Majid Rabbani Headshot

Majid Rabbani

Professor of Practice

Department of Electrical and Microelectronic Engineering
Kate Gleason College of Engineering

585-475-4205
Office Location

Majid Rabbani

Professor of Practice

Department of Electrical and Microelectronic Engineering
Kate Gleason College of Engineering

Education

BS, Aria-Mehr University of Technology (Iran); MS, Ph.D., University of Wisconsin-Madison

585-475-4205

Currently Teaching

EEEE-499
0 Credits
One semester of paid work experience in electrical engineering.
EEEE-781
3 Credits
This course studies the fundamental technologies used in image and video compression techniques and international standards such as JPEG and MPEG. At the highest level, all visual data compression techniques can be reduced to three fundamental building blocks: transformation or decomposition (examples are discrete cosine transform or DCT, wavelets, differential pulse code modulation or DPCM and motion compensation), quantization (strategies include scalar vs. vector quantization, uniform vs. nonuniform, Lloyd-Max and entropy-constrained quantization) and symbol modeling and encoding (the concept of Markov source and its entropy, context modeling, variable length coding techniques such as Huffman and arithmetic coding and Golomb-Rice coding). This course studies all of these fundamental concepts in great detail in addition to their practical applications in leading image and video coding standards. The study cases include a comprehensive review of the JPEG lossless compression standard (based on pixel prediction and Huffman coding), the JPEG lossy compression standard (based on DCT and Huffman coding), a detailed study of wavelet decomposition and a brief overview of the MPEG family of standards (employing motion compensation in addition to aforementioned techniques).
EEEE-602
3 Credits
In this course the student is introduced to random variables and stochastic processes. Topics covered are probability theory, conditional probability and Bayes theorem, discrete and continuous random variables, distribution and density functions, moments and characteristic functions, functions of one and several random variables, Gaussian random variables and the central limit theorem, estimation theory , random processes, stationarity and ergodicity, auto correlation, cross-correlation and power spectrum density, response of linear prediction, Wiener filtering, elements of detection, matched filters.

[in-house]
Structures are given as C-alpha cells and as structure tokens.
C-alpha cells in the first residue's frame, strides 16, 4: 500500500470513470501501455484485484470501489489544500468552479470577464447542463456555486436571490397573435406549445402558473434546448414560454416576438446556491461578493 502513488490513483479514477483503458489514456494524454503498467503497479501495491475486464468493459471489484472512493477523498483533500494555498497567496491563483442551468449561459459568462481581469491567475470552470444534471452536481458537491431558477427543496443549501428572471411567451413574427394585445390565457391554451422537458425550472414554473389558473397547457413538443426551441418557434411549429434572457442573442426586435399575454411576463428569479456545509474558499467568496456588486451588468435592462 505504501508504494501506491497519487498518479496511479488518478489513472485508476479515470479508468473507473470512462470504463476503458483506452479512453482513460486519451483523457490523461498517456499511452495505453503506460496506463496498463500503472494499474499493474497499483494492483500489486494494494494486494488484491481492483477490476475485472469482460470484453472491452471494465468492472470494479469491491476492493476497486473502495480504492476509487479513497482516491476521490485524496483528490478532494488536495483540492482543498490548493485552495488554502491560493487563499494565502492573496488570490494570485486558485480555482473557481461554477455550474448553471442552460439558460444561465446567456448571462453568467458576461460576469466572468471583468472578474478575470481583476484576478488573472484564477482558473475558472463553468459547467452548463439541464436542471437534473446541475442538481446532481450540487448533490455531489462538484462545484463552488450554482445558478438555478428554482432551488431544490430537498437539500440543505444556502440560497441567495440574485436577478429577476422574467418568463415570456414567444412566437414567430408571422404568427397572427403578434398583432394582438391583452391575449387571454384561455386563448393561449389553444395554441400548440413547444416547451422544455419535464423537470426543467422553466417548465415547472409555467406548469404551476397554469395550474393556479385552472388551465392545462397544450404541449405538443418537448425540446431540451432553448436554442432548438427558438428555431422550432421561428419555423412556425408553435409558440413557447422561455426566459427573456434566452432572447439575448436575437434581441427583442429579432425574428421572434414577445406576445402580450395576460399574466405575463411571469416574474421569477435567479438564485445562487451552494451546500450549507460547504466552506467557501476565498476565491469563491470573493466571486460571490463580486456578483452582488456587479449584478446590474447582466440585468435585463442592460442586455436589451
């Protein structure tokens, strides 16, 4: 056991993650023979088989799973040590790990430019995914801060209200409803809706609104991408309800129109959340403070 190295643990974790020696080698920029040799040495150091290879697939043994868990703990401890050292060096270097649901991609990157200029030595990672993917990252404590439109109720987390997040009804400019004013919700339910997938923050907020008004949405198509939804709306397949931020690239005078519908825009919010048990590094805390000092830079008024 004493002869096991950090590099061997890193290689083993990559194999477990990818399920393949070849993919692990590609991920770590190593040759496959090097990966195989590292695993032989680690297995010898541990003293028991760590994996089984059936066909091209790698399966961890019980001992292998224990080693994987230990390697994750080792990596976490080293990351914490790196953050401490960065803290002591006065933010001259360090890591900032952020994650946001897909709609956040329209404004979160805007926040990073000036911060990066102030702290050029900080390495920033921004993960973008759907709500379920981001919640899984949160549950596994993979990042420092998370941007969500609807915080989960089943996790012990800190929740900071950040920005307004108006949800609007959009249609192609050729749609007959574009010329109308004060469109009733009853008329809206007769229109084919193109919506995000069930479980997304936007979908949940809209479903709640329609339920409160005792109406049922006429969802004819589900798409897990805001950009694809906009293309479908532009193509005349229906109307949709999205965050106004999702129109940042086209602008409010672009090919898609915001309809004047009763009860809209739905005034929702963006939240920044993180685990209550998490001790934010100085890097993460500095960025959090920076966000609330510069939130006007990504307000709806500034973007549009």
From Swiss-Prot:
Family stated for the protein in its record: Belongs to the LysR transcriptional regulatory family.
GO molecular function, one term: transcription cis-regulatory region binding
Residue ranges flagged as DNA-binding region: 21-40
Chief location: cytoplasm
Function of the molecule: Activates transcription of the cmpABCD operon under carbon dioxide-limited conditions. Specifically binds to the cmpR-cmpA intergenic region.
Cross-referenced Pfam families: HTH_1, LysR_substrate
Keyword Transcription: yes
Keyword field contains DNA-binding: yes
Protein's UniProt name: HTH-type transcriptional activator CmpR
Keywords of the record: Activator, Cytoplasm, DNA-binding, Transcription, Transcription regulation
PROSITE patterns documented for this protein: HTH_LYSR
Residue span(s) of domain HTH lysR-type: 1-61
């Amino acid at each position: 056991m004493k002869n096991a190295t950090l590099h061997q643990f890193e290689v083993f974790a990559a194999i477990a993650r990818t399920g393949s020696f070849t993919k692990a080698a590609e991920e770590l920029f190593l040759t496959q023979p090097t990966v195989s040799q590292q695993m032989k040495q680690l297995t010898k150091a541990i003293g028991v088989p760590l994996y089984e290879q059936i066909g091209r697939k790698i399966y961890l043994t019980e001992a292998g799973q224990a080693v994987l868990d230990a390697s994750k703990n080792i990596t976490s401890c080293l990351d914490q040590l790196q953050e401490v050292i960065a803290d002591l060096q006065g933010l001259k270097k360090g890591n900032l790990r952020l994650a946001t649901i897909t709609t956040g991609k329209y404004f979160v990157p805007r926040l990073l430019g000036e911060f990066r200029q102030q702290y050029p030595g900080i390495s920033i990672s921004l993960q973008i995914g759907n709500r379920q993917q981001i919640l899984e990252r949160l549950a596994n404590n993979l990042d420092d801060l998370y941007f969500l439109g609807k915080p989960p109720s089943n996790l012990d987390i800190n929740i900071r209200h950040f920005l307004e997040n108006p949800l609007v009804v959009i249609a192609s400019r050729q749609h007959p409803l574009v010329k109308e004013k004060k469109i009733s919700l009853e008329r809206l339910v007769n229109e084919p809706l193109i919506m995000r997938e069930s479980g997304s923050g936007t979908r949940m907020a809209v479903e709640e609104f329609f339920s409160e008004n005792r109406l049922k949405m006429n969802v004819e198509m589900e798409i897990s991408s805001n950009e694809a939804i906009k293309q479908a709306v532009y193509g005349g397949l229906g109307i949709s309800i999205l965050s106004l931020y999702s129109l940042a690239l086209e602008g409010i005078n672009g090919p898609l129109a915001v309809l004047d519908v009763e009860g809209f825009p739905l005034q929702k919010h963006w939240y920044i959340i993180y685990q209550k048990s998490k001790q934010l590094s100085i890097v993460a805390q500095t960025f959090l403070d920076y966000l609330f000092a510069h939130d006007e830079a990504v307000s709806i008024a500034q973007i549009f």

EEEE-678
3 Credits
In this course, the student is introduced to the concept of multi rate signal processing, Poly phase Decomposition, Transform Analysis, Filter Design with emphasis on Linear Phase Response, and Discrete Fourier Transforms. Topics covered are: Z- Transforms, Sampling, Transform Analysis of Linear Time Invariant Systems, Filter Design Techniques, Discrete Fourier Transforms (DFT), Fast Algorithms for implementing the DFT including Radix 2, Radix 4 and Mixed Radix Algorithms, Quantization Effects in Discrete Systems and Fourier Analysis of Signals.
EEEE-281
3 Credits
Covers basics of DC circuit analysis starting with the definition of voltage, current, resistance, power and energy. Linearity and superposition, together with Kirchhoff's laws, are applied to analysis of circuits having series, parallel and other combinations of circuit elements. Thevenin, Norton and maximum power transfer theorems are proved and applied. Circuits with ideal op-amps are introduced. Inductance and capacitance are introduced and the transient response of RL, RC and RLC circuits to step inputs is established. Practical aspects of the properties of passive devices and batteries are discussed, as are the characteristics of battery-powered circuitry. The laboratory component incorporates use of both computer and manually controlled instrumentation including power supplies, signal generators and oscilloscopes to reinforce concepts discussed in class as well as circuit design and simulation software.
EEEE-779
3 Credits
This is an introductory course in digital image processing. The course begins with a study of two dimensional (2D) signal processing and transform methods with applications to images. Image sampling is discussed extensively followed by gray level description of images and methods of contrast manipulation including linear/nonlinear transformations, histogram equalization and specification. Image smoothing techniques are considered including spatial and frequency domain low pass filtering, AD-HOC methods of noise removal and median filtering. Following this, methods of image sharpening are studied including derivatives and high pass filtering. Edge and line detection algorithms are discussed using masks and Hough transforms. Finally, methods of image segmentation, restoration, compression and reconstruction are also discussed. Several extensive computer lab assignments are required.
EEEE-670
3 Credits
This course provides a rigorous introduction to the principles and applications of pattern recognition. The topics covered include maximum likelihood, maximum a posteriori probability, Bayesian decision theory, nearest-neighbor techniques, linear discriminant functions, and clustering. Parameter estimation and supervised learning as well as principles of feature selection, generation and extraction techniques, and utilization of neural nets are included. Applications to face recognition, classification, segmentation, etc. are discussed throughout the course.